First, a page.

Everyone knows about the Oscars, but only true film buffs will know about the Razzies, the annual awards show for the worst in film. Find out who won the best of the worst this year.
On a serious note, it was another busy week in politics, especially on Parliament Hill. First and foremost, Trudeau’s principal secretary and friend since university (McGill once, McGill twice!) resigned this week over the SNC-Lavalin controversy, while denying any wrongdoing. Read about their decades-long bromance to get a real sense of how hard this must hit the Prime Minister. The literal morning after, the Clerk of the Privy Council, Michael Wernick, delivered an explosive testimony that denied any undue pressure being placed on the former Attorney General. If there wasn’t pressure before, there certainly is now for Wilson-Raybould, set to give her own version of events early this week. Grab your popcorn to watch the shows, and while you’re at it, read our top stories this week.
What You Need to Know – Editor’s Picks
Venezuela Crisis Deepens – Patricia Sibal, Editor-in-Chief
Tensions are escalating in Venezuela as Nicolas Maduro sent troops to the block delivery of humanitarian aid from neighbours Colombia and Brazil, resulting in violent, deadly clashes at the border. In response, US Secretary of State Mike Pompeo declared that Maduro’s days as President are “numbered.” Since a picture’s worth 1000 words, let The Guardian’s photo album tell the story.
Quebec Solidaire’s Racist Comments – Ryanne Lau, Managing Editor
Quebec Solidaire has been featured prominently in debates at the National Assembly this week, as key legislation surrounding immigration, education, and religious symbols have been extensively discussed. They have been vocal about their opposition of Bill 9’s provision of throwing out current immigration applications, but still ambivalent about their stance on religious neutrality. As a party that speaks of toleration and sovereignty, they face some tensions between their policy positions. This week, they faced controversy when their critic on agriculture Émilise Lessard-Therrien denounced Chinese investors as “predators,” invoking imagery of the Yellow Peril. They have since been called on by Chinese groups to issue an apology. However, co-spokesperson Gabriel Nadeau-Dubois is adamant that Lessard-Therrien has nothing to apologize for because her words were “taken out of context.” Similarly, co-spokesperson Manon Massé has also stated that the statement was not meant to target Chinese investors, but rather all foreign investors. The President of the Quebec Farmers’ Association has spoken out to say that foreign investors are not an issue for them, as there are already laws in place to protect them. While it is unlikely that they will change their stance, this discrepancy in their platform may have ramifications for intra-party cohesion.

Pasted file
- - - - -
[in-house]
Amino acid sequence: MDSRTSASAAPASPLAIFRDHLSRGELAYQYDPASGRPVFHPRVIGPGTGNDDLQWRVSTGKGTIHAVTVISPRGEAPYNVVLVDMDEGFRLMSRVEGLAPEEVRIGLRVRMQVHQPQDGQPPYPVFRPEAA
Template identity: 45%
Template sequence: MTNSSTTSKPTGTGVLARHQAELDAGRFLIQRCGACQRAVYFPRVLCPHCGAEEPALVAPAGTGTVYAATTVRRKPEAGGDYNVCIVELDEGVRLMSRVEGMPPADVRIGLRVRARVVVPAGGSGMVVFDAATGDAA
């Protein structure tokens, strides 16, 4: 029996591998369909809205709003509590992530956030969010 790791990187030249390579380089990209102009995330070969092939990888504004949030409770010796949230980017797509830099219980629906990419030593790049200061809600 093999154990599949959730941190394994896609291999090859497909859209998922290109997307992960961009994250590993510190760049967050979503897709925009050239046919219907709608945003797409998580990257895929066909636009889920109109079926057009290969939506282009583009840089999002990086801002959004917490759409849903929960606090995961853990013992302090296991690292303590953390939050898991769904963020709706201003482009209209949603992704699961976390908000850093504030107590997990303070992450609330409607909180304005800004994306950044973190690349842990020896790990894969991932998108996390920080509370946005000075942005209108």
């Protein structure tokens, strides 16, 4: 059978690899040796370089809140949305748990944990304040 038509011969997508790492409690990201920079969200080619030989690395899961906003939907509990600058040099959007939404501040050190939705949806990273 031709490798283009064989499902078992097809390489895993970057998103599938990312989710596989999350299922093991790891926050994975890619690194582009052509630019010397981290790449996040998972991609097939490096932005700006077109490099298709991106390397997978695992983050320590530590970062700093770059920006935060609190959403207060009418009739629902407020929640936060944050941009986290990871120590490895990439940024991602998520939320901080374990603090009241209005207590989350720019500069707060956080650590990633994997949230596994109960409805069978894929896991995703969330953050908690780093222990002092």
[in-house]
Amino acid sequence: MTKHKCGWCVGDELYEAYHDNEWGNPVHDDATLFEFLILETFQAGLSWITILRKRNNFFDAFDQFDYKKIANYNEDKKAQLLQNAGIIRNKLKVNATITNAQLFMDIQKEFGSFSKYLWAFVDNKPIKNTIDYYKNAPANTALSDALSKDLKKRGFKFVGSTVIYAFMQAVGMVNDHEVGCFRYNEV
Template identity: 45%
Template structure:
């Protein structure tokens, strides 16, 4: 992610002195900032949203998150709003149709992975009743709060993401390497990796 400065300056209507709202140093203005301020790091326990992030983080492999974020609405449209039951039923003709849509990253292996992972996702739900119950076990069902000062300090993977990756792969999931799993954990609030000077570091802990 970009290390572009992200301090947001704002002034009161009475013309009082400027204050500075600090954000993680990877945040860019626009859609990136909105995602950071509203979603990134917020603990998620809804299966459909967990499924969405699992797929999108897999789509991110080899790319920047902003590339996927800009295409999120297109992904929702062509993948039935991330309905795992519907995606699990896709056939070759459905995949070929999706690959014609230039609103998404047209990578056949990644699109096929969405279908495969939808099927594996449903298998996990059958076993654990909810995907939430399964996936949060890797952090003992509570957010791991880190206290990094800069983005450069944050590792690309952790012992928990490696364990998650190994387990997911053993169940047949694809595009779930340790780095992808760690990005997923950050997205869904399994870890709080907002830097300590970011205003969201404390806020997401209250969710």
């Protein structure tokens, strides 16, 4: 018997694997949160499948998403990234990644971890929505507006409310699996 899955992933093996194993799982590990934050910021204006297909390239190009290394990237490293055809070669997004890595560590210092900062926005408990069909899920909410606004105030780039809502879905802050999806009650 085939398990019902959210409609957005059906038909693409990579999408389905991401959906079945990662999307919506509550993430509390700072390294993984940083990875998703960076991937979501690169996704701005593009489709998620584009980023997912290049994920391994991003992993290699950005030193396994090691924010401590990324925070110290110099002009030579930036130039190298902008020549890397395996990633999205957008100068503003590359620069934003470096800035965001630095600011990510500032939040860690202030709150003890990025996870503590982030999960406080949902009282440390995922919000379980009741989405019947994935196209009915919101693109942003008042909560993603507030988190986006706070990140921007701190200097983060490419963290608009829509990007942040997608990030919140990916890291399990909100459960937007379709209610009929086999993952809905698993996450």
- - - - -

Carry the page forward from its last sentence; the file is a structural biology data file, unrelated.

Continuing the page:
What’s the Latest?
In featured opinion, Rebecka Pieder discusses Senator Amy Klobuchar’s ugly history of staff mistreatment and why we can’t excuse it.
It matters, not only because the allegations undermine her public persona and the values that she has espoused, but because it represents a skewed form of feminism where all that matters is that women get ahead, regardless of the means.
In Thailand, a royal resurgence set off alarms about democratic backsliding. Julia Nguyen examines the Princess of Thailand’s attempt to rock the democratic boat and the divisive aftermath.